Tuesday, August 28, 2012

Quezon Roadtrip Part 2: 3 Days, 3 Towns, 3 Islands - Mauban and Cagbalete

Quezon Cagbalete Birds and Fern
Birds we found trilling high above the coconut trees in Cagbalete
This is the second part of my two-part post series on the Quezon Province roadtrip/test drive of Kia Carnival assignment for InFlight Magazine.  In this post, we visit the town of Mauban and cross over to Cagbalete.  To read the first part of the series, just click this link.

Setting out for Mauban and Cagbalete Island.  The closest we got to following our itinerary was on our third day when we traveled further northwest to Mauban, just three towns away from Padre Burgos and close to Lucena City, the capital of Quezon Province. Arriving early ahead of schedule, we had to time to look for a place to have Pancit Habhab (fried noodles laced with pork ideally eaten with pinakurat, a strongly-flavored vinegar made from fermented coconut water), the quintessential Quezon dish. 
InFlight July-August 2012 Cover Story Page 7
Chilling out in Cagbalete
There are two boat trips going to Cagbalete daily, one at 10:30am and another at 3:30pm. We took the latter, boarding a large boat that sits anywhere from 75-100 passengers. The trip was splash-free and dry save for the time to board off at Sabang as the water has receded far from shore, necessitating a ride on a flat-bottom boat and wading near the shore. The western side of Cagbalete is littered with houses and various commerce mainly run by migrants from the Visayas who have made the island their home. Making our way to the home of our host, a retired judge of Mauban, we had to weave through an assortment of houses, sari-sari stores, bakeries and shops. As it was already nearing sunset, we contented ourselves with walking along the fine sand shore accompanied by friendly neighborhood dogs, talking to the locals, and engaging the fishermen who were getting their boats and implements ready for the next day. 
Cagbalete Quezon - Child Hauling Fishing Net at Sunset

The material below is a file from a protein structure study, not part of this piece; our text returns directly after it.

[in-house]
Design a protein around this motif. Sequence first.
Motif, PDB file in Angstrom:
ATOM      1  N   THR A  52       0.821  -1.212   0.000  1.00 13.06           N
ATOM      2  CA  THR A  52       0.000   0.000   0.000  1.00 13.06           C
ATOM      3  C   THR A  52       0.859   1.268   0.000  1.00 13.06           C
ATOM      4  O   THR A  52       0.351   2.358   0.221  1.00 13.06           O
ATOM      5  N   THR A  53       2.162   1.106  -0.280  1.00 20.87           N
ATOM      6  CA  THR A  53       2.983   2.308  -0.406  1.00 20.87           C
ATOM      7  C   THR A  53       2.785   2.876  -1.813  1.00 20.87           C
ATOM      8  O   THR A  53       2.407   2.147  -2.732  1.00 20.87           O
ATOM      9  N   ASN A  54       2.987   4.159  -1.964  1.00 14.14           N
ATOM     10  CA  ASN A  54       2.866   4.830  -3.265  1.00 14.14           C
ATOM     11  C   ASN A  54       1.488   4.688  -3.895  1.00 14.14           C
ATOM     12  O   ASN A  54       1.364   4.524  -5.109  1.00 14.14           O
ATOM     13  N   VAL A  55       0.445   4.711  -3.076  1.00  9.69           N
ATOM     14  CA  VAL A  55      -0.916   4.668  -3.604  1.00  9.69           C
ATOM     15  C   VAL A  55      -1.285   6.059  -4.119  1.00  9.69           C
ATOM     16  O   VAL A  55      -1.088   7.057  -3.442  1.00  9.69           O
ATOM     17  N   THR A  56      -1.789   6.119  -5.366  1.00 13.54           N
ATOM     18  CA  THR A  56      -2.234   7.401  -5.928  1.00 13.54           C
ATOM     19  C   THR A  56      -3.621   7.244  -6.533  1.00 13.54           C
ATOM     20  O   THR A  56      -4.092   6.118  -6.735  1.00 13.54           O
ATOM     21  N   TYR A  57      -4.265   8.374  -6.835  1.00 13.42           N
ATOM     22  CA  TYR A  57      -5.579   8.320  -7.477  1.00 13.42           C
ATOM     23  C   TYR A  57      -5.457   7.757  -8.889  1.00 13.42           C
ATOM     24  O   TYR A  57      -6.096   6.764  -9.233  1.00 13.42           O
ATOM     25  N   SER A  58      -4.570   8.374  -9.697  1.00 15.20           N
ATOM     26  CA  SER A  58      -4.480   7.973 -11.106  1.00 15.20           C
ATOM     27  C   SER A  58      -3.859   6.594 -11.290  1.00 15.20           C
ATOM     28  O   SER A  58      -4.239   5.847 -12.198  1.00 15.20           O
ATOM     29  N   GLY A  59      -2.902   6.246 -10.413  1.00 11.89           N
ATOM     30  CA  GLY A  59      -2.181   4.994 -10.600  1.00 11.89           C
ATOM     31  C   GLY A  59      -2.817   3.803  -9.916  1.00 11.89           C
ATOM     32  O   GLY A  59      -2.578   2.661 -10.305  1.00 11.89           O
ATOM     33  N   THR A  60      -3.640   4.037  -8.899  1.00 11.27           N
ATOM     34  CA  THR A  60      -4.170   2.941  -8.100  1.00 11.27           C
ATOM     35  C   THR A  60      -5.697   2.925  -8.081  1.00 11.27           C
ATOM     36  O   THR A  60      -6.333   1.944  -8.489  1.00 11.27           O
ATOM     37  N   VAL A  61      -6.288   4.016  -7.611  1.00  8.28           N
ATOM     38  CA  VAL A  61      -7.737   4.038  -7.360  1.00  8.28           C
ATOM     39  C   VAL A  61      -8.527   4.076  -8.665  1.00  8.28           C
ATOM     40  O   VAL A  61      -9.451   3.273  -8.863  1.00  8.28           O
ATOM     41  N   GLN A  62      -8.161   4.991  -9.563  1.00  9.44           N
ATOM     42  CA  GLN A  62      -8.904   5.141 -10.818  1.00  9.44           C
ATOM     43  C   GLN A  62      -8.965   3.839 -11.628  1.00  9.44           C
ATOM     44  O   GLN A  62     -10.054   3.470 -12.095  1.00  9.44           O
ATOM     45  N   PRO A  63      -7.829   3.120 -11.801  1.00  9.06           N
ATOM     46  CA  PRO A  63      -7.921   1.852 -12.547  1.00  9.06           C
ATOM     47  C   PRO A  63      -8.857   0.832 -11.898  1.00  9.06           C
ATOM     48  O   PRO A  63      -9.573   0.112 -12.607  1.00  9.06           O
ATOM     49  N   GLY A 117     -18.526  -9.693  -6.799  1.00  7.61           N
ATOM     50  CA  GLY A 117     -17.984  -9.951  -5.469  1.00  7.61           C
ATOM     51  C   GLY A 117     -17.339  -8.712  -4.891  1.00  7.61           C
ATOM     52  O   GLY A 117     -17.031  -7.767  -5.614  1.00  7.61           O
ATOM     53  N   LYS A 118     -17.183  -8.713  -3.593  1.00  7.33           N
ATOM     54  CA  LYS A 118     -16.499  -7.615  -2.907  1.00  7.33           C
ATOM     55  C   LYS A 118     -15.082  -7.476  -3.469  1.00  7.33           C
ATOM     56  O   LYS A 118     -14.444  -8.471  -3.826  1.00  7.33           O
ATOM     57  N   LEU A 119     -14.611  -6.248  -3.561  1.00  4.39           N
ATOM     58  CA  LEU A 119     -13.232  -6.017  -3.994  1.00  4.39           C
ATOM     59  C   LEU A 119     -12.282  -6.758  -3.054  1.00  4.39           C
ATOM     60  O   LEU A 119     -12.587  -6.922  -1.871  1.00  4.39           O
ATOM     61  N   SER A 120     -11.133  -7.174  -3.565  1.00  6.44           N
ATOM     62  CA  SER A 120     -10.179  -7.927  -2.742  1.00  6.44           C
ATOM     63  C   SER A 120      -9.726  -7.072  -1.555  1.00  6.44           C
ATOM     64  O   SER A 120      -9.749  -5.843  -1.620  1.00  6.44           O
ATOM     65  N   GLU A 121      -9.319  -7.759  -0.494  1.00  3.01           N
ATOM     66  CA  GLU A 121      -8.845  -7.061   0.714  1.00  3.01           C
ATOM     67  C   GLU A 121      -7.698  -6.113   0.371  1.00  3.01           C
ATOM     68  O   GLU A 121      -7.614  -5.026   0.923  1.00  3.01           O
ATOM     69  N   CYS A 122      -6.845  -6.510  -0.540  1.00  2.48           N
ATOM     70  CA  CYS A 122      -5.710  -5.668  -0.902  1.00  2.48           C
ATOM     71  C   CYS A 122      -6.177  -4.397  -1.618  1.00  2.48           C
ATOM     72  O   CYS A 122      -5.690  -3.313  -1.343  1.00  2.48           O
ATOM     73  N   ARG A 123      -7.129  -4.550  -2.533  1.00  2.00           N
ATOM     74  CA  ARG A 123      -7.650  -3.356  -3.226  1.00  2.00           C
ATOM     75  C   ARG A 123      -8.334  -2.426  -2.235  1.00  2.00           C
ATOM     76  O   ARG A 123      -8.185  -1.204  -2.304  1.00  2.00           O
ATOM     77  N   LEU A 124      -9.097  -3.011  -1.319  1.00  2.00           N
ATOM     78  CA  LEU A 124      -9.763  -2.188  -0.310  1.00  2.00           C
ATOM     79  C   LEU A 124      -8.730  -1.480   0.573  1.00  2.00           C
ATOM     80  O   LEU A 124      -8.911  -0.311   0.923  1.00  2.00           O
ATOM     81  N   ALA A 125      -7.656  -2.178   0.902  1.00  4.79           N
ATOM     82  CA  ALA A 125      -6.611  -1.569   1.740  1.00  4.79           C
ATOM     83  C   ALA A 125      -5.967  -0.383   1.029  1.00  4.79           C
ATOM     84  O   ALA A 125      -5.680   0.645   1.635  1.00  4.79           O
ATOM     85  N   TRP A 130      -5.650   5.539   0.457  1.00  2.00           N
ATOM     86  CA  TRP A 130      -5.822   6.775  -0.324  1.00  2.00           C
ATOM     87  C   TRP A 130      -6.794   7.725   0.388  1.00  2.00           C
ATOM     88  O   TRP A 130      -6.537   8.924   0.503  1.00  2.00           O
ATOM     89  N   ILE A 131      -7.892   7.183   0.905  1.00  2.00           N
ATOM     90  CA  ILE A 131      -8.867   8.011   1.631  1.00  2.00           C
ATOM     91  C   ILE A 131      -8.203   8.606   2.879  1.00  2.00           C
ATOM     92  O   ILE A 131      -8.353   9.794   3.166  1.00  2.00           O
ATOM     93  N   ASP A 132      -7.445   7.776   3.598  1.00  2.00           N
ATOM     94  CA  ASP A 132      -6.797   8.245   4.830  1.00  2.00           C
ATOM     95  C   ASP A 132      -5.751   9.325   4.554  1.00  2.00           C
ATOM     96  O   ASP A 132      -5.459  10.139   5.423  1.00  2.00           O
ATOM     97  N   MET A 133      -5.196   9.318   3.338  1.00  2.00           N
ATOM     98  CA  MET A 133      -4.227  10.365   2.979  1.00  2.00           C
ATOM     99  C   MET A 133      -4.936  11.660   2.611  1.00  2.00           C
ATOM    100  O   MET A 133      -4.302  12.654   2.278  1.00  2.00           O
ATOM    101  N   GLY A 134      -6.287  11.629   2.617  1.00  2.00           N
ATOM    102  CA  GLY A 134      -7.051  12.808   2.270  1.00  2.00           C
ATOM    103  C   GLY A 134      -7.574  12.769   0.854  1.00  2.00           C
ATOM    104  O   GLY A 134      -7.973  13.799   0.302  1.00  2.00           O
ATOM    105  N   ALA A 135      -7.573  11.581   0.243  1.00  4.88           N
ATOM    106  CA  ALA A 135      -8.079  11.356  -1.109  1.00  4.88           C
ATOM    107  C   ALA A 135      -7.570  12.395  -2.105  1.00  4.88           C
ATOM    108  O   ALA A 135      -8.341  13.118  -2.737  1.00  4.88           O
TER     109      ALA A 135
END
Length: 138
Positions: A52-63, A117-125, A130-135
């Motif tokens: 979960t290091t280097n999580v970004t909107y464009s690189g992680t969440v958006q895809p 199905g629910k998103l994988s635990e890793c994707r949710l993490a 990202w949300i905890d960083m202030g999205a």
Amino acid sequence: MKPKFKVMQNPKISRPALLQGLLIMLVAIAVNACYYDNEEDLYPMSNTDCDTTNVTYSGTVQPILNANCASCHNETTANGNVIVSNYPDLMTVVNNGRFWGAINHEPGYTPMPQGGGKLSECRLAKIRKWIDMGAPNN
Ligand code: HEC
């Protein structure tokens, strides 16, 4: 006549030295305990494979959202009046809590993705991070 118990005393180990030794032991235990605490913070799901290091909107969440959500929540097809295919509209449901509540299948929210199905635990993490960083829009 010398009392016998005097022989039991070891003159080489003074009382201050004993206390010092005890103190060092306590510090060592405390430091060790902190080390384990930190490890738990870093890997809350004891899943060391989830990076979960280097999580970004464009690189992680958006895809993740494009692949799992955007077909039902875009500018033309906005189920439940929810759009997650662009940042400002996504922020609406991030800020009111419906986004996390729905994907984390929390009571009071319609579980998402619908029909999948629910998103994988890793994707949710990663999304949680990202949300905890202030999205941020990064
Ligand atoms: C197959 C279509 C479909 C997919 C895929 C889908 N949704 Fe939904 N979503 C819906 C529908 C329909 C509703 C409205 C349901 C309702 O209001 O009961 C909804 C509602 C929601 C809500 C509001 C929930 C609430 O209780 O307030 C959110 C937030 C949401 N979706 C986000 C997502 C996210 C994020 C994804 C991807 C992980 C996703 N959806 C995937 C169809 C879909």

No such thing as being too young to help in the fishing
Electricity comes on at 6pm and lasts until 10:30pm, that is, if the community generator does not falter. Our place has its own generator but electrical connection problems meant enjoying our feast of local adobo cum binagoongan (pork cooked in oil laced with fish sauce), crabs laden with aligue (crab fat) and inihaw na pusit (grilled fresh squid) in the flickering light of an emergency lamp. Our kind host, Coco Llamas, offered us lambanog (strong liquor made from coconut water) but we decided to pass it up (I’m a teetotaler to begin with), preferring to prepare our stuff for the next day and catch up on sleep. When the lights went off past midnight, it seemed the sea breeze also came to a standstill. It took awhile before I dozed off to the sound of waves lapping the shore just outside the window.

We woke to a bright, clear morning. Fueled by a hasty breakfast of coffee and peanut butter cookies, we hiked 20 minutes through grassland to the eastern side of the island. Emerging from the windbreak rows of she-oaks (trees that resemble pine trees but grow in drier land), we find a shoreline littered by seaweeds and a deserted stretch of beach with fine, fair sand all to ourselves. Snorkelling and diving are favorite activities here. The waters are also home to the island's favorite coconut crab. And if you're lucky enough to to stay a few days, you just might spot kingfishers, parrots, eagles and some migratory birds.  
Quezon Cagbalete Window Low Tide View
The serene view just outside my window